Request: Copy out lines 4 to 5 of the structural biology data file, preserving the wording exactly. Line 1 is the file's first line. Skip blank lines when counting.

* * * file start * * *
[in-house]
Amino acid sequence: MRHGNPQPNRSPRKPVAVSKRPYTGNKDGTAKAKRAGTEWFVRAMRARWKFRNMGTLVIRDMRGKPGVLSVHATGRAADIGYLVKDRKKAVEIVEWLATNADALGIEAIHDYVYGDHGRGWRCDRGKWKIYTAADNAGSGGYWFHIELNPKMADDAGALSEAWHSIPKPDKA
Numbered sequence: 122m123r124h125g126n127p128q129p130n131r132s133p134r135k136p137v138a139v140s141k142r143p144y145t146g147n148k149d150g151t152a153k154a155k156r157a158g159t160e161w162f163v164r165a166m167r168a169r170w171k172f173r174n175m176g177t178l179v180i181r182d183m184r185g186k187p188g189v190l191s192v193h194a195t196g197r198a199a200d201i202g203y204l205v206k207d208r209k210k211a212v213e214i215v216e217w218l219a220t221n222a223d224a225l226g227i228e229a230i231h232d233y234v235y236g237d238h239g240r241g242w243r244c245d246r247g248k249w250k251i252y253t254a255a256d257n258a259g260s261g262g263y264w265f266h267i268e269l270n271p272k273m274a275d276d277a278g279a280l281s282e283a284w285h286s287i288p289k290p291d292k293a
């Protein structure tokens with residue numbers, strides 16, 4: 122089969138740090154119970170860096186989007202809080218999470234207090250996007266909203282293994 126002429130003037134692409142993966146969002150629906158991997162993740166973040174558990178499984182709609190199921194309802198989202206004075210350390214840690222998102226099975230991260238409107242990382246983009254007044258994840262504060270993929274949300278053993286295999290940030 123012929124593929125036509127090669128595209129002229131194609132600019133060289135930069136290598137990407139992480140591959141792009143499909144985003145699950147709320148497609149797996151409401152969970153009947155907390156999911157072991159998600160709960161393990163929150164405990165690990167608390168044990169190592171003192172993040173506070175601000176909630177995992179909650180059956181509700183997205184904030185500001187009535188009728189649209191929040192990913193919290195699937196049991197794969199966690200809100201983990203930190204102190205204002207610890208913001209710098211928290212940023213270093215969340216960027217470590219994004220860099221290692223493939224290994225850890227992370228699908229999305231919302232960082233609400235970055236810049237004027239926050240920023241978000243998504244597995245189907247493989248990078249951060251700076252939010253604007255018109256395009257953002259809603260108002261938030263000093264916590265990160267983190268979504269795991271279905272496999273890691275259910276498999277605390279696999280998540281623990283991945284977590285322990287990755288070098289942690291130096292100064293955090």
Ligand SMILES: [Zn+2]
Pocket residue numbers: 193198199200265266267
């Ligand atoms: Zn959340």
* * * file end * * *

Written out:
């Protein structure tokens with residue numbers, strides 16, 4: 122089969138740090154119970170860096186989007202809080218999470234207090250996007266909203282293994 126002429130003037134692409142993966146969002150629906158991997162993740166973040174558990178499984182709609190199921194309802198989202206004075210350390214840690222998102226099975230991260238409107242990382246983009254007044258994840262504060270993929274949300278053993286295999290940030 123012929124593929125036509127090669128595209129002229131194609132600019133060289135930069136290598137990407139992480140591959141792009143499909144985003145699950147709320148497609149797996151409401152969970153009947155907390156999911157072991159998600160709960161393990163929150164405990165690990167608390168044990169190592171003192172993040173506070175601000176909630177995992179909650180059956181509700183997205184904030185500001187009535188009728189649209191929040192990913193919290195699937196049991197794969199966690200809100201983990203930190204102190205204002207610890208913001209710098211928290212940023213270093215969340216960027217470590219994004220860099221290692223493939224290994225850890227992370228699908229999305231919302232960082233609400235970055236810049237004027239926050240920023241978000243998504244597995245189907247493989248990078249951060251700076252939010253604007255018109256395009257953002259809603260108002261938030263000093264916590265990160267983190268979504269795991271279905272496999273890691275259910276498999277605390279696999280998540281623990283991945284977590285322990287990755288070098289942690291130096292100064293955090």
Ligand SMILES: [Zn+2]